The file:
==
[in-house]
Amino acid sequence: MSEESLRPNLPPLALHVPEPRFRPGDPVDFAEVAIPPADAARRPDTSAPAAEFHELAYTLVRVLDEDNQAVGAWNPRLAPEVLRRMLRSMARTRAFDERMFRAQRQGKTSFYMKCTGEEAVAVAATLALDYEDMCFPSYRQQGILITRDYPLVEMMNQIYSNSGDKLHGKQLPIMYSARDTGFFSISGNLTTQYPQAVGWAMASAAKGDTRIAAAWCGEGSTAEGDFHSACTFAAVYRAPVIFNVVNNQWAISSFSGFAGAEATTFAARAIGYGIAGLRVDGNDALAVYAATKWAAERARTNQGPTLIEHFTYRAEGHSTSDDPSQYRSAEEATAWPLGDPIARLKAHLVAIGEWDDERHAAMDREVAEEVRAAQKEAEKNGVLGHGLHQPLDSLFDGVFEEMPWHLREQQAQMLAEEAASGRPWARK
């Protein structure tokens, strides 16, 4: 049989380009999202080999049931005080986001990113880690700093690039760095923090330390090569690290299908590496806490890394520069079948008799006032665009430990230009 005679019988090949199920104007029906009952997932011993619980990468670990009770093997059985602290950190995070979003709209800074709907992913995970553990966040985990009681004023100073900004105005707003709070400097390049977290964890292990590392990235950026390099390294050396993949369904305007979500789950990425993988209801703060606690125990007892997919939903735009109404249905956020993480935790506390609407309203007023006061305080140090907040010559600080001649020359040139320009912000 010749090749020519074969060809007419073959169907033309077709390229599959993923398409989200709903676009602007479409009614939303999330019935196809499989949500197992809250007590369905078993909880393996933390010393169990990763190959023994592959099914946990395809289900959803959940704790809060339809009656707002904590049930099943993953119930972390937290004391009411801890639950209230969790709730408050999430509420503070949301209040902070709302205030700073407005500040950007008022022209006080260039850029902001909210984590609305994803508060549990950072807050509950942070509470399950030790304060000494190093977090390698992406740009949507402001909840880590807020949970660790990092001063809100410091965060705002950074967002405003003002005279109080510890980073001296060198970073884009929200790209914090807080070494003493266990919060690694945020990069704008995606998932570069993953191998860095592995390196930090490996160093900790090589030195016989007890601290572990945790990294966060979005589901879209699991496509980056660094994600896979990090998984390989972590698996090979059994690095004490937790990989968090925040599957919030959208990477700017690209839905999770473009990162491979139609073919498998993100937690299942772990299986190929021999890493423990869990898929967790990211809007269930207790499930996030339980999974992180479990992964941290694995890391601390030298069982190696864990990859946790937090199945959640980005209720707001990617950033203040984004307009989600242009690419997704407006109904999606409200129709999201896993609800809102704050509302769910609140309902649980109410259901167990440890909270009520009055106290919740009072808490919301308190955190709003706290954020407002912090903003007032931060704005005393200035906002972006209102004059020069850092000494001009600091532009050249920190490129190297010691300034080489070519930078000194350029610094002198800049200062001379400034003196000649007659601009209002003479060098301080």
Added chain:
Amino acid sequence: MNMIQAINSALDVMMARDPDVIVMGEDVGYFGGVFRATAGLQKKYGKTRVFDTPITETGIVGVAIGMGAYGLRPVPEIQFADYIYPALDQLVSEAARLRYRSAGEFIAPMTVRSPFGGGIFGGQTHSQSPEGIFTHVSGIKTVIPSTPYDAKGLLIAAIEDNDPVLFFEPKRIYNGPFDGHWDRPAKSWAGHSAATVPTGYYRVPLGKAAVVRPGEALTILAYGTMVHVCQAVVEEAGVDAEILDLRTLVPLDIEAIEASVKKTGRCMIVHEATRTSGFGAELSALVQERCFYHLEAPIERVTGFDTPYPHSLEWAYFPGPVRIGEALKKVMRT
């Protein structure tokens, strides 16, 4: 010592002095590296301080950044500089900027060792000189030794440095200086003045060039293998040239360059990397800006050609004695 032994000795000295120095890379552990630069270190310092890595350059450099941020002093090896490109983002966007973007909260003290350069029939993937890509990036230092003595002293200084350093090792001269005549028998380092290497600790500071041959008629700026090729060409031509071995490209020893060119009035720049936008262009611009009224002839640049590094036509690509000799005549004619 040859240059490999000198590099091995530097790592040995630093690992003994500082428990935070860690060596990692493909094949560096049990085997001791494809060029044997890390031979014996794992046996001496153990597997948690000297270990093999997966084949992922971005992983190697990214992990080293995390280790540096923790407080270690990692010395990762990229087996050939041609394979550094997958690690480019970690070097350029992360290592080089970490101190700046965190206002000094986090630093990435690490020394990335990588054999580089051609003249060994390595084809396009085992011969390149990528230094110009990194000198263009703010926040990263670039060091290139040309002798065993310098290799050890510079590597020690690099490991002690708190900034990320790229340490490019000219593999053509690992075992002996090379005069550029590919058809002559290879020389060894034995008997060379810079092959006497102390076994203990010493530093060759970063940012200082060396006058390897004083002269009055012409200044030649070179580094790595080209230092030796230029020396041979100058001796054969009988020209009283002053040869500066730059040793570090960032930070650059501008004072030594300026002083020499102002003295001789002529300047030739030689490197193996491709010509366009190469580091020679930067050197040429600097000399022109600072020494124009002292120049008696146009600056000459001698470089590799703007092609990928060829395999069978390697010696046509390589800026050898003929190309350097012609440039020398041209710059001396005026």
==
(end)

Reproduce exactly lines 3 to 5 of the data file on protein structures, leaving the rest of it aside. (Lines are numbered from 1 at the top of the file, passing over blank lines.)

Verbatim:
């Protein structure tokens, strides 16, 4: 049989380009999202080999049931005080986001990113880690700093690039760095923090330390090569690290299908590496806490890394520069079948008799006032665009430990230009 005679019988090949199920104007029906009952997932011993619980990468670990009770093997059985602290950190995070979003709209800074709907992913995970553990966040985990009681004023100073900004105005707003709070400097390049977290964890292990590392990235950026390099390294050396993949369904305007979500789950990425993988209801703060606690125990007892997919939903735009109404249905956020993480935790506390609407309203007023006061305080140090907040010559600080001649020359040139320009912000 010749090749020519074969060809007419073959169907033309077709390229599959993923398409989200709903676009602007479409009614939303999330019935196809499989949500197992809250007590369905078993909880393996933390010393169990990763190959023994592959099914946990395809289900959803959940704790809060339809009656707002904590049930099943993953119930972390937290004391009411801890639950209230969790709730408050999430509420503070949301209040902070709302205030700073407005500040950007008022022209006080260039850029902001909210984590609305994803508060549990950072807050509950942070509470399950030790304060000494190093977090390698992406740009949507402001909840880590807020949970660790990092001063809100410091965060705002950074967002405003003002005279109080510890980073001296060198970073884009929200790209914090807080070494003493266990919060690694945020990069704008995606998932570069993953191998860095592995390196930090490996160093900790090589030195016989007890601290572990945790990294966060979005589901879209699991496509980056660094994600896979990090998984390989972590698996090979059994690095004490937790990989968090925040599957919030959208990477700017690209839905999770473009990162491979139609073919498998993100937690299942772990299986190929021999890493423990869990898929967790990211809007269930207790499930996030339980999974992180479990992964941290694995890391601390030298069982190696864990990859946790937090199945959640980005209720707001990617950033203040984004307009989600242009690419997704407006109904999606409200129709999201896993609800809102704050509302769910609140309902649980109410259901167990440890909270009520009055106290919740009072808490919301308190955190709003706290954020407002912090903003007032931060704005005393200035906002972006209102004059020069850092000494001009600091532009050249920190490129190297010691300034080489070519930078000194350029610094002198800049200062001379400034003196000649007659601009209002003479060098301080």
Added chain:
Amino acid sequence: MNMIQAINSALDVMMARDPDVIVMGEDVGYFGGVFRATAGLQKKYGKTRVFDTPITETGIVGVAIGMGAYGLRPVPEIQFADYIYPALDQLVSEAARLRYRSAGEFIAPMTVRSPFGGGIFGGQTHSQSPEGIFTHVSGIKTVIPSTPYDAKGLLIAAIEDNDPVLFFEPKRIYNGPFDGHWDRPAKSWAGHSAATVPTGYYRVPLGKAAVVRPGEALTILAYGTMVHVCQAVVEEAGVDAEILDLRTLVPLDIEAIEASVKKTGRCMIVHEATRTSGFGAELSALVQERCFYHLEAPIERVTGFDTPYPHSLEWAYFPGPVRIGEALKKVMRT